Local police in Ireland's Kerry county will be allowed to permit some residents to drive drunk if a measure passed yesterday by county councilors is approved by the Department of Justice.
By a vote of five to three with 12 councilors absent, lawmakers in the south-west Ireland county passed a motion giving the Gardaí (police) authority to issue a get out of jail free card to drivers in rural areas who are found to have more than the legal limit of alcohol in their system.
The motion's author, Councillor Danny Healy-Rae, said he proposed the motion out of concern for "older" rural residents who "are being isolated now at home, and a lot of them falling into depression."
Healy-Rae said the lack of public transportation in these areas is preventing these people from venturing out of their homes after having "two or three drinks" for fear of losing their licence.
"I see the merit in having a stricter rule of law for when there's a massive volume of traffic and where there's busy roads with massive speed," he told The Journal. "But on the roads I'm talking about, you couldn't do any more than 20 or 30 miles per hour [30-50kph] and it's not a big deal. I don't see any big issue with it."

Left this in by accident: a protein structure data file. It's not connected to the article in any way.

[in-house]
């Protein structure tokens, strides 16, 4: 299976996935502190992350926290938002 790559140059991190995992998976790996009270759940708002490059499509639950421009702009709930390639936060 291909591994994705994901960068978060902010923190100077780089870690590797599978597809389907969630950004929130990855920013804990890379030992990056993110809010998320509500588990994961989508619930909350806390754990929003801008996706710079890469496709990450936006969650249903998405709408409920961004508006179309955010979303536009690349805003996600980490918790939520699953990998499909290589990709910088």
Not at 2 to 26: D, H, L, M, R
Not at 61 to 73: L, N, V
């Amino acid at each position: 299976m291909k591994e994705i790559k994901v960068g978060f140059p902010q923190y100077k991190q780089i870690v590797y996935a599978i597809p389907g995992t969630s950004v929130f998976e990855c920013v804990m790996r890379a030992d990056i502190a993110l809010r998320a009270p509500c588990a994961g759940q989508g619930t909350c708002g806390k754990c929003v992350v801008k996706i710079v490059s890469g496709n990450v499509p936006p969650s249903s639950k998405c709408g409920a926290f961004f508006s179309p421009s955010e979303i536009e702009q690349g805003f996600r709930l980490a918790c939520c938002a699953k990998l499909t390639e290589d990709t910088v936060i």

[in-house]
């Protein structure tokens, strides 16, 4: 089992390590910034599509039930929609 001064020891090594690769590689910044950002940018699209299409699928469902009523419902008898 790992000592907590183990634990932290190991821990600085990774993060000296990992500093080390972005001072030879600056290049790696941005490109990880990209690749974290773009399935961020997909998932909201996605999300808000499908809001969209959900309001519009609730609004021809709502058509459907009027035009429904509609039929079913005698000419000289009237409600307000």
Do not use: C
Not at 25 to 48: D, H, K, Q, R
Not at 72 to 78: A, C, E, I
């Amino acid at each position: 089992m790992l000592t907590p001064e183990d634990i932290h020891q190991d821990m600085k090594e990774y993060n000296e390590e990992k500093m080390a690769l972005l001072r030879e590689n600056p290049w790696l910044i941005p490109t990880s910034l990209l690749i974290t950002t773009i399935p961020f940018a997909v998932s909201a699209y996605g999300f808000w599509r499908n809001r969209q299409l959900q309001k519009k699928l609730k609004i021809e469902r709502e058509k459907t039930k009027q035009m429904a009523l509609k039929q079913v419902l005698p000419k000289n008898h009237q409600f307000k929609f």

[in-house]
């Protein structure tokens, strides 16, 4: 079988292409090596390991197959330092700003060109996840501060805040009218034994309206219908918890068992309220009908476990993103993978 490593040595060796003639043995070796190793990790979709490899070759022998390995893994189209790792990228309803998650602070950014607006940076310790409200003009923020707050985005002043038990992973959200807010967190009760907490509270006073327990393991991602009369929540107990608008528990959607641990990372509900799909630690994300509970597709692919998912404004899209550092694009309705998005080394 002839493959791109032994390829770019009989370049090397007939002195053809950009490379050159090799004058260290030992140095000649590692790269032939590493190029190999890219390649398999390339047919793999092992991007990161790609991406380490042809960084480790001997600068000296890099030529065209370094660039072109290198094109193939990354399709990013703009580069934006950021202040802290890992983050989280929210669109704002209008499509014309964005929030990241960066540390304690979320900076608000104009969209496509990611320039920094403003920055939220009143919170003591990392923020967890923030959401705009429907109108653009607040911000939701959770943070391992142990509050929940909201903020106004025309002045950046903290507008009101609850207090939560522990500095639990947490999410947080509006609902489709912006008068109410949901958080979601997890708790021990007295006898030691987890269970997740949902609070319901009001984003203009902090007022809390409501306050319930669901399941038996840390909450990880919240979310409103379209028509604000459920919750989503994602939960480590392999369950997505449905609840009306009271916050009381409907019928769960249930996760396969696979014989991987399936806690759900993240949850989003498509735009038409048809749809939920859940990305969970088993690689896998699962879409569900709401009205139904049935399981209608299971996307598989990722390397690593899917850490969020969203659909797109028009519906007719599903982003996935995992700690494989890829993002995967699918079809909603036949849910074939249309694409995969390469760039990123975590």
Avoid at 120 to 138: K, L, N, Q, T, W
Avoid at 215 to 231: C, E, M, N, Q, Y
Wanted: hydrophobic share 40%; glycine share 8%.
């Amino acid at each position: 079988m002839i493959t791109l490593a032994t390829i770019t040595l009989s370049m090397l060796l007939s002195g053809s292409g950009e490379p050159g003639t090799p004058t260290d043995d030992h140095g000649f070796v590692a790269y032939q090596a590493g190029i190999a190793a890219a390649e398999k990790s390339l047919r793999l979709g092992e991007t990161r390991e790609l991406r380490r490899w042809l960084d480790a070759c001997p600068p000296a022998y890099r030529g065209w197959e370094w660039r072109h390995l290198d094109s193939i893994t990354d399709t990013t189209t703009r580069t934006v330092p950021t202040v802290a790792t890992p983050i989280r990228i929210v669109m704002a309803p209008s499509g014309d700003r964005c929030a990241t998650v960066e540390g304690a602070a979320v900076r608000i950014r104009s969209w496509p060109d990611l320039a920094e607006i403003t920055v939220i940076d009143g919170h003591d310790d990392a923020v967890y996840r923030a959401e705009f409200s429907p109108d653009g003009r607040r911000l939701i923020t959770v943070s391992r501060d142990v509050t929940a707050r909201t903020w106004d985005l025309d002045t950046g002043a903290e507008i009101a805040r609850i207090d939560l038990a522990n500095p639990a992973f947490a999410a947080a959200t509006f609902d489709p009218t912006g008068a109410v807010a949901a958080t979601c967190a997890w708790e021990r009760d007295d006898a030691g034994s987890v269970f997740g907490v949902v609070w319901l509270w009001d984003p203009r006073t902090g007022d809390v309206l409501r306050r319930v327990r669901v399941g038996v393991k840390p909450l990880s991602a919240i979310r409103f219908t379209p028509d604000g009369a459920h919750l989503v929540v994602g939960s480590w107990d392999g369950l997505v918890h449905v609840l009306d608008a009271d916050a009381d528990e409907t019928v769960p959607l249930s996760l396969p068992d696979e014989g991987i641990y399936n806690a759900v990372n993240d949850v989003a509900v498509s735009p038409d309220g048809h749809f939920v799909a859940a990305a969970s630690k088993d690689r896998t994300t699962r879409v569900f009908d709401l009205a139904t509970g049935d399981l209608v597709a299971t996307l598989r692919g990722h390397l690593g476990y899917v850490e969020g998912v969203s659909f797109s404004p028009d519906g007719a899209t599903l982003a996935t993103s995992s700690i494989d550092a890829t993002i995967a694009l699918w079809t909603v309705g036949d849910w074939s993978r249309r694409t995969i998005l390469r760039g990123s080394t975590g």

Healy-Rae added that many older folks are being driven to suicide by their isolation, and "all the wisdom and all the wit and all the culture that they had" is being lost as a result.
Others, including Kerry Mayor Terry O'Brien, opposed the motion, saying it "doesn't make any sense" and is "incredibly dangerous." He added: "I don't know what expertise one would have to look at someone in a bar to give them a permit to drive a car after any alcohol."
Alcohol Action Ireland rep Conor Cullen agrees. "Almost one in three crash deaths in Ireland is alcohol-related," he told the BBC. "Even in small amounts, alcohol impairs driving ability - any amount of alcohol increases the risk of involvement in a fatal crash."
Cullen noted that anti-drunk-driving measures have lowered road deaths by 42% over the last four years. He also noted that alcohol is likely to exacerbate the "mental health difficulties" of a person with suicidal tendencies, not alleviate them.